Studding out Roos


8 Years
Mar 27, 2011
Augusta, Ga
I have some nice Delaware hens and would like to breed them. I live in the city and cannot have a rooster. What would be a good solution to breed them?
It is always best to bring the rooster to the hens and after a few day's return the rooster. The problem is the rooster should be inspected for any and all signs of illness, the list is long and you will have to know what your doing not just think you know. This way you won't have to quantine them which would really throw off the whole idea. Make sure the roo is from someone you know and trust and have been to their property and have seen their conditions. You cannot take the hens to the rooster as the stress would be too much for them. Now most hobby/pet chicken people would deplore this practice and give you a long winded speach as to why it shouldn't be done. But like I said if you know birds very well and can inspect the bird it should be just fine. I have taken and swapped roosters for breeding to help infuse new blood to my lines before, and although I have alot of birds and a large breeding operation this practice has helped me. I have never had any issues with illnesses being transfered but Like I said we knew these birds and knew what to look for.
Check out the injuries and illness forum here, and learn every symptom you can. You don't have to remember what kind of sick it's attached to, just that if you see it, it means they're ill.

Most times someone gets sick, the folks on here are more informative and descriptive than books, in my opinion. A lot of books only cover one or two things, and are focused more on treatment than diagnosis.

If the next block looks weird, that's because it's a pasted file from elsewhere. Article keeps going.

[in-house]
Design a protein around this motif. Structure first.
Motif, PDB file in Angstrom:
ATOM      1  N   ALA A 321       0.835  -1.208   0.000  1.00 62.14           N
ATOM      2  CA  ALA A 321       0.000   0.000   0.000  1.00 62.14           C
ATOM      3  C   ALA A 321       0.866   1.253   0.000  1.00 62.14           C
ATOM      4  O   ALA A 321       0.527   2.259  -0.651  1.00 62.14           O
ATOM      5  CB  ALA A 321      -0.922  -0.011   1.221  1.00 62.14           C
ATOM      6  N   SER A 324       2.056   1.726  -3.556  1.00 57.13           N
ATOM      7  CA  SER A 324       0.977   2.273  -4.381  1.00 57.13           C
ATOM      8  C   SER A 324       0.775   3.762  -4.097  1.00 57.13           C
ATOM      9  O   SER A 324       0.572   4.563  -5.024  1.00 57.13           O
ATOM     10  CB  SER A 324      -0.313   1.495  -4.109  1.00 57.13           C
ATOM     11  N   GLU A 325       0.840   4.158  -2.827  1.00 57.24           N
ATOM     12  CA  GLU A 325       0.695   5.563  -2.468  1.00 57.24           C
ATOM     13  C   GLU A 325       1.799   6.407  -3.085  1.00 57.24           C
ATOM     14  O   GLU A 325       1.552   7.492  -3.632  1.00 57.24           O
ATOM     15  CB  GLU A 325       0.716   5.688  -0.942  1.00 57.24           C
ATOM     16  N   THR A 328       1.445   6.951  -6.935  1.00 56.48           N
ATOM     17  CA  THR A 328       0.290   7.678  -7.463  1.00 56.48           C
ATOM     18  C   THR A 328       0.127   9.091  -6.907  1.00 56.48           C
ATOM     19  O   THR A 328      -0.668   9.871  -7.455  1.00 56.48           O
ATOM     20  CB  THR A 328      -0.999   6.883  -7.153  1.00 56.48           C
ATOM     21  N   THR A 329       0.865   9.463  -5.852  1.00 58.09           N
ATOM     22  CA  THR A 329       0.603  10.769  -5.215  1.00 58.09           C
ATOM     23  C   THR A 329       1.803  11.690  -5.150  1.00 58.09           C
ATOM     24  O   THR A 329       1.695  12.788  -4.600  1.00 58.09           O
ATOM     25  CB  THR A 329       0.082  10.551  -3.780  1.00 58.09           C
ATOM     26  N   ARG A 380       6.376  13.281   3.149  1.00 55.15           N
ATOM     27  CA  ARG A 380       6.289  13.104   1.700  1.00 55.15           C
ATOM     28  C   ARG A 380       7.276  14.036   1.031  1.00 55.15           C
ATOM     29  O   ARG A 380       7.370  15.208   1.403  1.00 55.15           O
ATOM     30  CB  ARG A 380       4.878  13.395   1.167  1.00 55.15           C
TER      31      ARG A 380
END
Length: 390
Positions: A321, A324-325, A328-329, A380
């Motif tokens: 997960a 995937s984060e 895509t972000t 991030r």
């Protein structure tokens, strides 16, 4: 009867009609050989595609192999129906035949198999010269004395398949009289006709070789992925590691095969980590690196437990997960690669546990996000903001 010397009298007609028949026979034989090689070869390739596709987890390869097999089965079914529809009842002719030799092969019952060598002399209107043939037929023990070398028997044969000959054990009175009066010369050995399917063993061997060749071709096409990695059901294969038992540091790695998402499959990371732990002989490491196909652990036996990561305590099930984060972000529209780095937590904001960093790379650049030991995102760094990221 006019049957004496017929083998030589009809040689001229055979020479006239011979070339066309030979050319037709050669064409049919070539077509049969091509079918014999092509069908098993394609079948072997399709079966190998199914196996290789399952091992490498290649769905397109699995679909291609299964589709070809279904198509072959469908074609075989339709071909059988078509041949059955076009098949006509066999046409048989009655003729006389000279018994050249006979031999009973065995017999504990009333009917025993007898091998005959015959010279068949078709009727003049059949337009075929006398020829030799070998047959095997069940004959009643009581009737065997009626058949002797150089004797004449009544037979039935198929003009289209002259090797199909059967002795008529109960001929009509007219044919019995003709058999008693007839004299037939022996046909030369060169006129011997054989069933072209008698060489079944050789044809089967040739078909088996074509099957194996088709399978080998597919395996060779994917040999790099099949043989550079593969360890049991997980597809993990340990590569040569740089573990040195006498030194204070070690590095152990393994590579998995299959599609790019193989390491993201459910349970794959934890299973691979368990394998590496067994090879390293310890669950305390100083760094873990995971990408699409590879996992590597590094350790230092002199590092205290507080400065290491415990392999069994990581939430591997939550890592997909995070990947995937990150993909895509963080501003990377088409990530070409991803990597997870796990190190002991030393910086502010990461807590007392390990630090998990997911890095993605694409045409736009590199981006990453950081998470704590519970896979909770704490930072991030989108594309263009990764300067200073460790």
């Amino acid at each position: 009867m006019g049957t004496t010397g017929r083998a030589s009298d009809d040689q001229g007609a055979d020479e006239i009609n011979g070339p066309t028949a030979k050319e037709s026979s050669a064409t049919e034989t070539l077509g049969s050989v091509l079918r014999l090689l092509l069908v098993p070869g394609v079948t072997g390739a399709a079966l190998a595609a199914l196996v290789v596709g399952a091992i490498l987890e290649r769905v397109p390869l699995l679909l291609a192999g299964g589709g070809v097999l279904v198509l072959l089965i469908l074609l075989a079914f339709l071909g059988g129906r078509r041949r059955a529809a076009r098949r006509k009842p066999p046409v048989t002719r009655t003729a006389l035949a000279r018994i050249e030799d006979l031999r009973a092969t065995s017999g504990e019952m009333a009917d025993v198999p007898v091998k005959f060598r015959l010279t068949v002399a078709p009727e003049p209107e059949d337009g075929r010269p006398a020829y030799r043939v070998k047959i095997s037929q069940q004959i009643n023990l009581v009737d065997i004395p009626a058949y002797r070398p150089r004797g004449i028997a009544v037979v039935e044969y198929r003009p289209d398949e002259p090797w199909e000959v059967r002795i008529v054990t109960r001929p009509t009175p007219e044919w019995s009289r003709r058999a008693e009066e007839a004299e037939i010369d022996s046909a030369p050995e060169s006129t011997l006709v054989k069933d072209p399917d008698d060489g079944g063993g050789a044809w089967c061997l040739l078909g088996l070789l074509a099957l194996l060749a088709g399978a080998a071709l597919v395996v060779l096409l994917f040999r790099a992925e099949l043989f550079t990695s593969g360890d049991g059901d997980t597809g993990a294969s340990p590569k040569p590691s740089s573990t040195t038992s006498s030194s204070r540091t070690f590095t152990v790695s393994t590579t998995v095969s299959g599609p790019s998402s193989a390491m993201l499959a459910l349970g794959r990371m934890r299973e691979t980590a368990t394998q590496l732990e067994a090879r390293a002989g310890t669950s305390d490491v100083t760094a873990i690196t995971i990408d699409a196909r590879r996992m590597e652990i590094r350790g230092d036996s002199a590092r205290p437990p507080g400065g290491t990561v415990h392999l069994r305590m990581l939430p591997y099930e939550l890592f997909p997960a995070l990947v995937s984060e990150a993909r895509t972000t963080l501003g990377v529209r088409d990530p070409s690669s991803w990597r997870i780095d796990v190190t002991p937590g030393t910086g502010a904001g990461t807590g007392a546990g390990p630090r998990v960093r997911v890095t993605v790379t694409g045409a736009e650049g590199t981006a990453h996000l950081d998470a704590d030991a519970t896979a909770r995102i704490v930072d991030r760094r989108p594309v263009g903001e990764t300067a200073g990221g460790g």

I agree that most book's would be very limited in the info you could obsorb, An inspection should only take a few moments and handling the roo properly is critical to a good inspection. here are a few things I always check for when inspecting a bird for any reason.

Hold the bird with one hand under him and the other free to work with.

Hold the birds head close very close and smell the head, ears, nostrils and breath. You are smelling for an off odor that may signal an infection of any sort, looking into the eyes for clarity and sign's of discharge. Listen to it's breathing for sign's of labored or a gurggling raspy sound, sign's of CRD.

Inspect the vent. Pull the feathers away and check for lice and mites, inspect for a healthy vent it should be moist and plasid and med pink in color. Milk it for an idea of the quality of his sample this is very critical.

Look under the wings close to it's body for any other sign's of pest's and any off coloerd feathers that will hide there as a sign of his true feather color.

Locate the crop feel it and move it around sqeezing it to make sure it moves freely and isn't impacted.

Inspect the feet and leg's. look at the bottoms for sign's of bumble foot or previous bumble foot, Inspect the spurs and see if they are long enough to twist off for protecting your hen's. Inspect the leg scales, if they are lifting off the leg slightly and are dry and can flake off, then there may be scaly leg mites present.

Doing things like this will during a 2 minute inspection will greatly increase your chances having a good experience.

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This is something you have to discuss with the roosters breeder and can range from a small fee to any choice of the chicks he may choose, the fee thing can be just about anything you two can agree on and suit both of you.

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